Sticky pasta can easily take away from the aesthetic presentation of your delicious pasta dish. Not to mention, it could detract from the authenticity and the care you put in. Even if you aren’t experienced around the kitchen, you should at least be able to cook pasta, right?
In reality, cooking pasta itself can be considered an art (or at least a skill). Perfectly cooked pasta is subjective, but in our humble opinion, al dente is the best. You won’t be able to achieve al dente pasta if you don’t get it right. Yes, there is a “right way” to cook pasta to prevent it from sticking.
How can you keep pasta from sticking together? You can keep pasta from sticking together by constantly stirring it, not adding the pasta noodles until the water is boiling, and if appropriate, adding olive oil to the cooking water.
Okay, so there are a bunch of things you can do, but we mentioned adding olive oil is only appropriate in certain circumstances.
Best Tricks to Prevent Pasta from Sticking Together
Stir the Noodles – A Lot
We know a lot of people that put the pasta noodles into the water before boiling, leave it, and move on to prepare the sauce. This is a big no-no if you don’t want stickiness.
You should be stirring the noodles, and quite often, in order to prevent them from sticking together. The starch is what causes the pasta’s stickiness.
Don’t worry, you won’t need to be stuck in one spot stirring while the rest of your ingredients are untouched. You only need to stir the pasta for the first few minutes until the starch has dissolved.
If you’re cooking long pasta noodles, it’s important not to stir too hard or they may break.
Patience is a Virtue and the Key to Non-Sticky Pasta
There is a bit of science attached to this next part. Pasta noodles are cool when they enter the water, so logically, it lowers the temperature. If you place uncooked pasta into lukewarm water, your noodles will have the chance of becoming gummy and take longer to cook.
You want to put the noodles in when the water is boiling so there is little effect on the temperature and the noodles cook quickly while you stir. If not, you would need to wait for the noodles to become soft enough to stir them effectively and by then, the starch will have already started to get sticky.
No Oil! Unless…
A lot of other food blogs have mentioned adding oil to the pasta water to prevent sticking. This does work, there is no doubt about it, but there are also downsides to this method.
Do not add oil to the pasta water unless you’re making aglio e olio-type pasta. Aglio e olio means “garlic and oil” in Italian. This type of recipe is the one you see without any sauce and the dish is largely flavored with oil, garlic, some seasoning the natural flavor of the ingredients.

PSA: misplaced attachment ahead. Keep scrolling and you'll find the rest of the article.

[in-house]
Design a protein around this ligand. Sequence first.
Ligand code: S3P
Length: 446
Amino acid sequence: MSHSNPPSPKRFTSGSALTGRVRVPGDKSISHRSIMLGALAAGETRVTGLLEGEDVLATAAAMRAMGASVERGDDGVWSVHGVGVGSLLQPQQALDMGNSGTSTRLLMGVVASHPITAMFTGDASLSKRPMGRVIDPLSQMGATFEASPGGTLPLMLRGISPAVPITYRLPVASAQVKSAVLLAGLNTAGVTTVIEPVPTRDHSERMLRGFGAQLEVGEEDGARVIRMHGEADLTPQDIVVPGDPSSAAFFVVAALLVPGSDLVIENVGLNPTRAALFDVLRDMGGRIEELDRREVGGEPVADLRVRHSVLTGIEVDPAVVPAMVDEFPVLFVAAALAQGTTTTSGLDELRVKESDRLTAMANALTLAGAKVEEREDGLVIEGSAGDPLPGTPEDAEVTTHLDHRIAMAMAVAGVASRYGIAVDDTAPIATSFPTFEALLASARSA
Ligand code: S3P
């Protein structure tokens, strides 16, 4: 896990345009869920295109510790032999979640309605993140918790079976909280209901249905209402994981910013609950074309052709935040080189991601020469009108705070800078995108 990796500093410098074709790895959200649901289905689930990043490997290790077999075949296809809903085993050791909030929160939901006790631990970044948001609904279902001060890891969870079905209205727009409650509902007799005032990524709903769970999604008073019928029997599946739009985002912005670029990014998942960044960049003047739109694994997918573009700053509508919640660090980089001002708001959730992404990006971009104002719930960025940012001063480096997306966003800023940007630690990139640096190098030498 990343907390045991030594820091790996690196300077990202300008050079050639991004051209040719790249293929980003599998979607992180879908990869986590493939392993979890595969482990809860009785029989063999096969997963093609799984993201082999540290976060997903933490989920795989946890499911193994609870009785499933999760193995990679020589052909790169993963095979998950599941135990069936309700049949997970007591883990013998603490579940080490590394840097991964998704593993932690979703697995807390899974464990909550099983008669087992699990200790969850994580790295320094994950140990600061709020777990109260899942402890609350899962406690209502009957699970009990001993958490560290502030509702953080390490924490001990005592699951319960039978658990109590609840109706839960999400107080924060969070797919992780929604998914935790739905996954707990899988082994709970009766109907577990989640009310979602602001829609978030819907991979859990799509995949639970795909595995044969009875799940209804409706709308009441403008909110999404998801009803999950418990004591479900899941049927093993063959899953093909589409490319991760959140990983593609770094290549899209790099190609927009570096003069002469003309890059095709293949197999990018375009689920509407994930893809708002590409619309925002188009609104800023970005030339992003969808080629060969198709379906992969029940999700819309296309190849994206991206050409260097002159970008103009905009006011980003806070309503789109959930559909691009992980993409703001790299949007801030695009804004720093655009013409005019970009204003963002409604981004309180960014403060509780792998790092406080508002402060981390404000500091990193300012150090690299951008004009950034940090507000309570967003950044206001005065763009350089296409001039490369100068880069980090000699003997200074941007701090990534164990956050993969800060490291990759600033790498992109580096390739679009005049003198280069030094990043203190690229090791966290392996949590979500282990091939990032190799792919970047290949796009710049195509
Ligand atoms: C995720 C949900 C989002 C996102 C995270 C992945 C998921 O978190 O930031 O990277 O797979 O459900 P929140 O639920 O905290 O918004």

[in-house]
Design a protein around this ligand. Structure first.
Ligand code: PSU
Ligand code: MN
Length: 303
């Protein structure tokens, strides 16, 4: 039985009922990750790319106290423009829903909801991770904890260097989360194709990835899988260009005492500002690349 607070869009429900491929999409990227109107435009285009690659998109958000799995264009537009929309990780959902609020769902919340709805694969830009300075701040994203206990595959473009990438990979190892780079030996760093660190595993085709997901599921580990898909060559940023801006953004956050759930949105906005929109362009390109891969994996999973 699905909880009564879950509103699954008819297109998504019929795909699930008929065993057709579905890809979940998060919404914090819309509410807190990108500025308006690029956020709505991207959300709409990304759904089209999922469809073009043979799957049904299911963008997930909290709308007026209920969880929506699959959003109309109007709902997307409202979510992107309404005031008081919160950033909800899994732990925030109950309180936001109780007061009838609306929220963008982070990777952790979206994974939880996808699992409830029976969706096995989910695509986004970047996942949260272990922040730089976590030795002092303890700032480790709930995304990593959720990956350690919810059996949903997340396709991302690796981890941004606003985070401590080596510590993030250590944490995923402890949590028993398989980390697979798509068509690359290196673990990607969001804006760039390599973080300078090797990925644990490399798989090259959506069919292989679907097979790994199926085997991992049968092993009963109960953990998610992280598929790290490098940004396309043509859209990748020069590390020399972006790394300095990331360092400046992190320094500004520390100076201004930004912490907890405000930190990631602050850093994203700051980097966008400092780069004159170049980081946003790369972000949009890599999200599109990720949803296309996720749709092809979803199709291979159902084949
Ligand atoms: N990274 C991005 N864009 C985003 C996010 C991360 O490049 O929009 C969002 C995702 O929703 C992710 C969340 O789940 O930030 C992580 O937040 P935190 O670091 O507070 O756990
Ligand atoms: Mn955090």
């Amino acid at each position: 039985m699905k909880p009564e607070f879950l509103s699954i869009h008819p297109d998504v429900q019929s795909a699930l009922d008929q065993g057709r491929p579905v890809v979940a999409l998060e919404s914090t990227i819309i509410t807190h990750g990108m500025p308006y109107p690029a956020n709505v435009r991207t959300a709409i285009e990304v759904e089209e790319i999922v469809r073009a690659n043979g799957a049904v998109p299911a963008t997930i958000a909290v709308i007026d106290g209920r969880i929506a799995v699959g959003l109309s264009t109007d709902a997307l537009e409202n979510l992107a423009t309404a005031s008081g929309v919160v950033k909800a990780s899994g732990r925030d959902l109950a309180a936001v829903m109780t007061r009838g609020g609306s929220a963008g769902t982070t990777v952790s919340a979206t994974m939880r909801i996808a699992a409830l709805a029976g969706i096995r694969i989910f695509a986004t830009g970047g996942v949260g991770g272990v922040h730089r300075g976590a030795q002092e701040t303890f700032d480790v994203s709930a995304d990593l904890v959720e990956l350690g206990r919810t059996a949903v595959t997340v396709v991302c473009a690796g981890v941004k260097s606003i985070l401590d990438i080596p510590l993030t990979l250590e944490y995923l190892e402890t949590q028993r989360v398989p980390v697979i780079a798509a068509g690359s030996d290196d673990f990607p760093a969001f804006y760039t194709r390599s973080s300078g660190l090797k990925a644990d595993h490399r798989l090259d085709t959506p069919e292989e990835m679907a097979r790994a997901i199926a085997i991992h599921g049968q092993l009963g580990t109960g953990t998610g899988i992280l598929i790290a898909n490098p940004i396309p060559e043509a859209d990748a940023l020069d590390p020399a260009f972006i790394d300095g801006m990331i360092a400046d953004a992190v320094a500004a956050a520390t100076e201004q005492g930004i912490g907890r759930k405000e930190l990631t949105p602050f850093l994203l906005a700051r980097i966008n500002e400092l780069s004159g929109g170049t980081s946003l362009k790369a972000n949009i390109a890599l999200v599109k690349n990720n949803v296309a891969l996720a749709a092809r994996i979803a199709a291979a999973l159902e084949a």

If you add oil to the noodles for a traditional bolognese, for example, the sauce won’t be able to really soak into the noodles.
When you add oil to the water, it coats each noodle in a slippery layer. While this is very effective at preventing stickiness, what’s the point if the noodles end up unflavored and bland?
Rinse Off the Starch
Another trick is to rinse off the pasta.
Rinsing uncooked pasta will get rid of the starch and the stickiness. We also recommend this method more for cold pasta dishes because rinsing the pasta will cause each noodle to absorb moisture, even if you leave it to dry for an hour or two.
When it comes time to boil them, it will make the pasta cook prematurely and leave you with soggy and soft noodles that no one really likes.
Sticky Pasta – Is it That Bad?
Italians all over the world may gasp at this question. But we get it, all beginners have to start somewhere, and there is no such thing as a “dumb” question.
Sticky pasta is not bad, although we are aware that “bad” is a very broad term. If it’s a busy weeknight and you’re not trying to impress anyone, sticky pasta is more than fine.
Noodles sticking together also makes it more difficult for the sauce to coat the noodle and penetrate into each strand. It’s also not easy to eat the pasta properly (we’re talking about winding the noodles into a ball on your fork).
Turns out, overcooked or sticky pasta is also not that great for your health. You don’t want too much starch, because the glycemic index is higher, which then leads to blood sugar level spikes, which lead to what is affectionately known as “food coma”.
If you have ever felt extra tired, lazy and sleepy after a high-carb meal, you now know it’s the glycemic index and your blood sugar levels that are to blame. Cooking the pasta just right, which is al dente, can help you avoid the food coma entirely.
Extra Tips for Perfect Pasta
Want to get it perfect the first-time round? Here are a few extra tricks that give you ideally-cooked pasta noodles.
Use the Right-Size Pot for Cooking
This may seem like a no-brainer, but it’s worth it to point out that using a proper-sized pot can avoid sticky pasta. A pot that’s too small won’t give you enough room to stir to keep the noodles separate.
Salt the Pasta Well
It needs to be as salty as the sea (but maybe not the Dead Sea). The salt will cause the pasta to absorb water naturally and give you that perfect texture as well as more flavor.
Keep the water at a rolling boil or simmer when it hits boiling point. This will give you more control over the cooking process and speed to give you flawless al dente pasta.